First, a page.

If you have ever taught or learnt any of the Beethoven sonatas, you’ll know how important it is to hear and learn from other people about ways of approaching and teaching the music. In my own studies, I watched hours and hours of online tutorials and master classes to ensure that I had as much information as possible upon which to base by own interpretation.
No doubt most teachers will be aware of the amazing work of Andras Schiff. He is without a doubt one of the most acclaimed pianists of our time and his performances of Beethoven and Bach in particular are some of my favourites.
One of the audio lessons I found online when I was studying for my Diploma was a recording of Andras Schiff teaching about Op 26. I had no idea where it was from or whether there were other recordings out there, but the quality and ‘insightfulness’ of the thoughts presented by Schiff were incredibly helpful. Sometimes they challenged the views of my teachers and mentors (or my own) and sometimes they were completely in-line, adding support to decisions that I’d already made about interpretation.
What I didn’t realise until recently was that his complete Beethoven masterclass lecture-recital series of all 32 Beethoven Sonatas is now available online for free from the Wigmore Hall website. Here’s what the website says about their recording:
András Schiff last performed the complete Beethoven piano sonatas at Wigmore Hall from 2004–6 to overwhelming critical acclaim, with the editor of the Guardian, Alan Rusbridger, describing one particular performance as ‘a riveting mixture of erudition, analysis, passion, wit and memory’.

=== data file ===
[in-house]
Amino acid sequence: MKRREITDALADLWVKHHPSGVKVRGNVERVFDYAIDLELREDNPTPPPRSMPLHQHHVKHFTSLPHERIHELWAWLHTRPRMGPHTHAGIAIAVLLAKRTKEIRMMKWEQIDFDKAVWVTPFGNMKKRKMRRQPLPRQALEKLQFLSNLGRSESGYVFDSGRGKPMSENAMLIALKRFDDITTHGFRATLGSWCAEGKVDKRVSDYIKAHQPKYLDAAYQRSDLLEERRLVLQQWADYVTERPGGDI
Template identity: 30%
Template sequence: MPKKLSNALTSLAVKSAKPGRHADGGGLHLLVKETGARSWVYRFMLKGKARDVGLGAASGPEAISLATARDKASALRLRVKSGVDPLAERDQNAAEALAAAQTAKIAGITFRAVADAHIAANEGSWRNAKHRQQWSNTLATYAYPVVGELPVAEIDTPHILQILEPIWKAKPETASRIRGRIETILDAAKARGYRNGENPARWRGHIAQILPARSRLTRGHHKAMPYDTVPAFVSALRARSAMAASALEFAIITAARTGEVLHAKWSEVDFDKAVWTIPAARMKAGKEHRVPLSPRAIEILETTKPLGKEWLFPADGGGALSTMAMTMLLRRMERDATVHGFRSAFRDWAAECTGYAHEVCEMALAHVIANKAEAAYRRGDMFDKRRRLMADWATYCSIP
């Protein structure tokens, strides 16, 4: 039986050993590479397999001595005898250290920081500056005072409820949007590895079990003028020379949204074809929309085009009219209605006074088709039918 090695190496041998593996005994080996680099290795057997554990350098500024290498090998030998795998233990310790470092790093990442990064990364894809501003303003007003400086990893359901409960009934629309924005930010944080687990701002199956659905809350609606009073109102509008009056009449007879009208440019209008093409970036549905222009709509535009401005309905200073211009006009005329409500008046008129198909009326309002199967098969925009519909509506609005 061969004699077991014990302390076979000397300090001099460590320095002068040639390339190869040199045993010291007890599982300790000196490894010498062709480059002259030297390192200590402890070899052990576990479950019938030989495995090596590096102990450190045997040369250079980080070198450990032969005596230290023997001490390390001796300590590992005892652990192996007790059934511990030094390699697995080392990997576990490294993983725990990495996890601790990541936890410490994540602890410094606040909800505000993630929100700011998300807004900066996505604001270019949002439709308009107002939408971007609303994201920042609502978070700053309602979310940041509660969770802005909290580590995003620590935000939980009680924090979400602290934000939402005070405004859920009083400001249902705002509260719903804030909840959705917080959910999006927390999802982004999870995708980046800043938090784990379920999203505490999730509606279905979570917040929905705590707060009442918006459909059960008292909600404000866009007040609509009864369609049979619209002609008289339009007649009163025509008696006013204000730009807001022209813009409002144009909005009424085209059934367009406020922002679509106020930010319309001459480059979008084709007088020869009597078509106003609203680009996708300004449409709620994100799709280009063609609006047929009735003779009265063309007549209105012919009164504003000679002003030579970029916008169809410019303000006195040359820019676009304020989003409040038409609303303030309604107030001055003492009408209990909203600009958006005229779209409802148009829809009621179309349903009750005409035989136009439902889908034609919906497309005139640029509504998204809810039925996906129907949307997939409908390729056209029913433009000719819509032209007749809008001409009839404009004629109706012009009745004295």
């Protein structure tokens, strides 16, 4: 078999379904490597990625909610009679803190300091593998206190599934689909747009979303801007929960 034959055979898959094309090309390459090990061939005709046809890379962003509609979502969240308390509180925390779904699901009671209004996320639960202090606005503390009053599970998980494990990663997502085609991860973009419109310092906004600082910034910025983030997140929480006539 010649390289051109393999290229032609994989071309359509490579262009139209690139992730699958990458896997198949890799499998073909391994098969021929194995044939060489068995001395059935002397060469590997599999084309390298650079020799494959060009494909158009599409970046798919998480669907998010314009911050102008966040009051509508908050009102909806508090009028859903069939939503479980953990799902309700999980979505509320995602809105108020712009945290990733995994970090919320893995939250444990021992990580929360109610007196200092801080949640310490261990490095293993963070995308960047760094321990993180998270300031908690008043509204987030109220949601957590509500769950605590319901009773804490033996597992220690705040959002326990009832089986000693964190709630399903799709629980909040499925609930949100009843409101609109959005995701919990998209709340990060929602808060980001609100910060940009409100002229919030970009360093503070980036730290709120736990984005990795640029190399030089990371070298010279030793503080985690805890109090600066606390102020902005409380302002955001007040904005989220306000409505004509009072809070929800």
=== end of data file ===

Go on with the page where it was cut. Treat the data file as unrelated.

On the day before each of the eight recitals in the series, the world-renowned pianist, pedagogue and lecturer gave a lecture-recital in which he explored the works to be performed. Deeply engaging and insightful, these thought-provoking lecture-recitals, recorded live at the Hall, are available below as eight audio lecture-recitals.
While the way he explains and discusses the music is almost poetic at times, teachers will find many concrete teaching suggestions and interpretative directions in his lectures:
And, of course, the chance to hear the great man play, while starting and stopping, from memory, perfectly!
In my opinion, this series is a must-watch for advanced pianists, especially those attempting the Diploma exams, but equally, this information will be crucial for new teachers who are just starting to teach the higher levels.
Given that movements of Beethoven Sonatas appear at all levels on exam and competition syllabi, it’s well worth spending the time getting an insight on the music from one of the world’s most respected performers and teachers.
Find out more by following this link: András Schiff Beethoven Lecture Recitals | Wigmore Hall Live.
What are your favourite Beethoven teaching resources: YouTube videos? Essays? Books? Videos?
Leave the links below so that we can all check them out.
Tim Topham has one mission in life: to stem the tide of children quitting music lessons by helping teachers maximise student engagement through creativity, technology and innovation. Tim hosts the popular Creative Piano Teaching Podcast, blogs regularly at timtopham.com and speaks at local and international conferences on topics such as pedagogy, business, marketing and entrepreneurship. Tim has been featured in American Music Teacher, The Piano Teacher Magazine, Californian Music Teacher and EPTA Piano Professional. Tim holds an MBA in Educational Leadership, BMus, DipEd and AMusA.